The presents have been opened. The guests have gone home. It's time to get into your jammies and snuggle down on the sofa for some well-deserved relaxation and maybe a little TV: It's a Wonderful Life, Miracle on 34th Street, or one of the many versions of A Christmas Carol. But if you'd like to start 2015 with a big dose of inspiration, consider spending some of your viewing time on 47 enlightening speeches published by TED during 2014.
To make this prospect as tempting as possible, the TED folks have assembled an eight-minute video of the highlights from these talks which is guaranteed to get you curious about at least a few of them (or all of them, if you're me).
The TED folks have helpfully broken the talks down by theme, so you can go right for what interests you the most. Taken together, these videos add up to a quick infusion of insight, and some important lessons we should all take away from 2014:
1. Our world is an amazing place.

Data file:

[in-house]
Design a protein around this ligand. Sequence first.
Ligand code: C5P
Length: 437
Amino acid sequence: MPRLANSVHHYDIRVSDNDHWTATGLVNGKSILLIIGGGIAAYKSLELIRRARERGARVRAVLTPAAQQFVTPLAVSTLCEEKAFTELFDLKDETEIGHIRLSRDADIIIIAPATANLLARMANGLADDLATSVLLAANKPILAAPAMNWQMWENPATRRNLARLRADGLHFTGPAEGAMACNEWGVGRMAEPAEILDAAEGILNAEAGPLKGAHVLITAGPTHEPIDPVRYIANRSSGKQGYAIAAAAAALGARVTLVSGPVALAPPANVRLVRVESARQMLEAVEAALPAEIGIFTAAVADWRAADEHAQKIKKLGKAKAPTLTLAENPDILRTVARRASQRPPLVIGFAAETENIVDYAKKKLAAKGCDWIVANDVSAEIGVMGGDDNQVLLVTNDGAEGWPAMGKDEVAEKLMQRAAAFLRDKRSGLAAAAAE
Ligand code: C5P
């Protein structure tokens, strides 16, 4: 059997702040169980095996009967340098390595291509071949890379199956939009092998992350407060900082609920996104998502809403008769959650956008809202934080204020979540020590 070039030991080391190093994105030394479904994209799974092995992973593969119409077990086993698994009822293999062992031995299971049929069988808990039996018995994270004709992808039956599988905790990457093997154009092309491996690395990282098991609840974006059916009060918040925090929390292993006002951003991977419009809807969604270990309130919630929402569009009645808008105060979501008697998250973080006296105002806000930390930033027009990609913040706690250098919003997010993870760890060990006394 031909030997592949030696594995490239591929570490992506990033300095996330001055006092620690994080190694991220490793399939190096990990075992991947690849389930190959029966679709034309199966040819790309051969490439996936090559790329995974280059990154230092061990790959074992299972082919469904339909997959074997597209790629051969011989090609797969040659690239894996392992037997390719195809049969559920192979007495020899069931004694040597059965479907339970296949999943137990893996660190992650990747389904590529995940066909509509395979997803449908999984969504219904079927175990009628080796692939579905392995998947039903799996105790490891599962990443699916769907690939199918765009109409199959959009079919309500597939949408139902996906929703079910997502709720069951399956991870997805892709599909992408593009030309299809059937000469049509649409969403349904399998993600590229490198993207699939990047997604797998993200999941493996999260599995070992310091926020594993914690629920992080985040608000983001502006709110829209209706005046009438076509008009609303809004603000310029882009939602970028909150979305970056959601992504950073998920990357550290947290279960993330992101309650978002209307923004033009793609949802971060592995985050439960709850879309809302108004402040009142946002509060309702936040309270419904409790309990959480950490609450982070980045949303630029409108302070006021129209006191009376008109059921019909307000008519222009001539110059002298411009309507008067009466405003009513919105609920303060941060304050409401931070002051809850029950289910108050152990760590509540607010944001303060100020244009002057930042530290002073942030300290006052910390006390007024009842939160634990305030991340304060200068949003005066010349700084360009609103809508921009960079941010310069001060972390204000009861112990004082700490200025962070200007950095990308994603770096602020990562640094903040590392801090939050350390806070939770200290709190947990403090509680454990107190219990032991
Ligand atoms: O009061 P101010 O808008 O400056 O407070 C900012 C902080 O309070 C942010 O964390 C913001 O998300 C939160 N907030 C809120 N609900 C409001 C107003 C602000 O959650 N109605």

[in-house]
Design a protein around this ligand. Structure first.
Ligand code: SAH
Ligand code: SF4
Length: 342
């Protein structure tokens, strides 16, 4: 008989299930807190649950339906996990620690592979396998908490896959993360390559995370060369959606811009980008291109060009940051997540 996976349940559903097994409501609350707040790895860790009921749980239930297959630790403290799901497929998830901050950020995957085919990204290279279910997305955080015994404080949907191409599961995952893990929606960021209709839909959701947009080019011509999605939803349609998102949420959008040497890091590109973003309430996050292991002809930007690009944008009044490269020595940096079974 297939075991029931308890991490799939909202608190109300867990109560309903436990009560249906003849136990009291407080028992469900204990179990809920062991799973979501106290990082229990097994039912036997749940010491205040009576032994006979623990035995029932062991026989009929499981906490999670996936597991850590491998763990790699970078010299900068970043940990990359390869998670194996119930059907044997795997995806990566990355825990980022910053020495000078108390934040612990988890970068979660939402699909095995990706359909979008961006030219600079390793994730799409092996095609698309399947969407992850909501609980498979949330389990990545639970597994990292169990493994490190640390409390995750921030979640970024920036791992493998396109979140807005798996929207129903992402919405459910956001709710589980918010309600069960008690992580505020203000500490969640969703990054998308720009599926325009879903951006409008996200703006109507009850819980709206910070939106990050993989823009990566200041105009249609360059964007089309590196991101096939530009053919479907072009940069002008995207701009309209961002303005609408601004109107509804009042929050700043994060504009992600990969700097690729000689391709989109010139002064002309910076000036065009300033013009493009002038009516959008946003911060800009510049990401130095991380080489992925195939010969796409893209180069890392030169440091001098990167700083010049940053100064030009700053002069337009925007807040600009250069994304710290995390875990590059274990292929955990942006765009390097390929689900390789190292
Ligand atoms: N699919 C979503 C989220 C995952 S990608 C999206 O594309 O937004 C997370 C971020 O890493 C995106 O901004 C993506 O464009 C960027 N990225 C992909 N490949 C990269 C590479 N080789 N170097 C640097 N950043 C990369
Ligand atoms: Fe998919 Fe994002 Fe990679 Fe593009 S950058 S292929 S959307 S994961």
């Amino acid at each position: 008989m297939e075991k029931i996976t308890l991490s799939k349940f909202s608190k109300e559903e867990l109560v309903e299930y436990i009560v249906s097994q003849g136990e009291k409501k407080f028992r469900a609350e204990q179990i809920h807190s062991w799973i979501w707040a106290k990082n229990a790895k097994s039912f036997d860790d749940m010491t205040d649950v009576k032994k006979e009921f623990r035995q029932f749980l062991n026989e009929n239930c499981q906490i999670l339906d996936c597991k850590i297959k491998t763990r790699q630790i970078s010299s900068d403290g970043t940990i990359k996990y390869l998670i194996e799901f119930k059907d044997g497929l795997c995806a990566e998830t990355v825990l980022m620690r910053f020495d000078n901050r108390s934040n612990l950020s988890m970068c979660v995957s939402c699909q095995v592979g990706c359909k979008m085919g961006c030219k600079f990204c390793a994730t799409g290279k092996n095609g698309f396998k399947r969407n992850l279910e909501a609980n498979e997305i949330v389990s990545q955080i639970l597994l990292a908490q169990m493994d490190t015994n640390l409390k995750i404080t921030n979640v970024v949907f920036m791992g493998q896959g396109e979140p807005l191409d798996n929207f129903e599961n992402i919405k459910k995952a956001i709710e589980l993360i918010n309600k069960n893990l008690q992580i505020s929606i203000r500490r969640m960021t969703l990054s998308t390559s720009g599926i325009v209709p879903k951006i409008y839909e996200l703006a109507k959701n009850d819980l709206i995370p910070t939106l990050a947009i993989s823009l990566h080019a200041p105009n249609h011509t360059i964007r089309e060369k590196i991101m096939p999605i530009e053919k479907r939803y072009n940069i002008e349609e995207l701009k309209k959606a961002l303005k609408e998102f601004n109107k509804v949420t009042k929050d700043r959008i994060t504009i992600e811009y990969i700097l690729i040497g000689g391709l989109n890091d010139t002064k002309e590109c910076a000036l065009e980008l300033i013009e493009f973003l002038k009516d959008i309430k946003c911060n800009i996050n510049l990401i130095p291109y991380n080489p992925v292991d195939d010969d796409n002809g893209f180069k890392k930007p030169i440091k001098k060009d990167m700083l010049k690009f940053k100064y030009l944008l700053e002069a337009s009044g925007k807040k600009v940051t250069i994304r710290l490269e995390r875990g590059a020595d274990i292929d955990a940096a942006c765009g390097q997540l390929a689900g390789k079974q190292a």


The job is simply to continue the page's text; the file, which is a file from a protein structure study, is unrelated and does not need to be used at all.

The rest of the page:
Chris Hadfield shares the view from the International Space Station. Fabien Cousteau suggests that we live in the oceans. Master musicians perform and record all over the world. And physicist Allan Adams finds the afterglow of the Big Bang.
2. Medicine takes a leap forward.
Hugh Herr shows how bionics mean you don't need to have legs to dance. Doctors on the cutting edge show how to find cancer way before it's a threat and how to make a fold-up microscope for 50 cents. And one brave physician explains why patients and doctors are frightened of each other.
3. Might does not make right.
Visionaries take a closer look at what power really means, especially in the internet age. Meanwhile Simon Anholt and Michael Green remind us that rich countries don't always do well by their own people or anyone else.
4. Economic inequality is not sustainable.
5. Big Data changes everything.
6. We can make the world better.
7. Being creative is a constant struggle.
8. We're evolving, and so is English.
9. We can be better than we are.
Speakers from Isabel Allende to Gabby Giffords explore how we can be our best, most passionate selves. Those who've faced terrorism and prison explain how our past can be a reason to grow instead of shrink.
And finally, psychologist Dan Gilbert skewers our human misconception that who we are today will bear any resemblance to who we're going to be in 10 years. "Human beings are works in progress that mistakenly think they're finished," he declares. That's a truth we should all keep in mind as we head into 2015.